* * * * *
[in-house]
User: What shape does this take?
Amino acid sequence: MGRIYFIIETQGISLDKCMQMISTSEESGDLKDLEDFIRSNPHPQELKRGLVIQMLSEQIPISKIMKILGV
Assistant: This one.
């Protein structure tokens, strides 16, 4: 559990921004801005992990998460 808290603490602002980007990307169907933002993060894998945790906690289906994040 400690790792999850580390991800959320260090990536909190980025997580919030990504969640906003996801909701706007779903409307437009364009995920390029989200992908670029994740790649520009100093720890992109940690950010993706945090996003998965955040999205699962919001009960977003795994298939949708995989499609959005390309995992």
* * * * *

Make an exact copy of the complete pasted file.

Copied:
[in-house]
User: What shape does this take?
Amino acid sequence: MGRIYFIIETQGISLDKCMQMISTSEESGDLKDLEDFIRSNPHPQELKRGLVIQMLSEQIPISKIMKILGV
Assistant: This one.
């Protein structure tokens, strides 16, 4: 559990921004801005992990998460 808290603490602002980007990307169907933002993060894998945790906690289906994040 400690790792999850580390991800959320260090990536909190980025997580919030990504969640906003996801909701706007779903409307437009364009995920390029989200992908670029994740790649520009100093720890992109940690950010993706945090996003998965955040999205699962919001009960977003795994298939949708995989499609959005390309995992």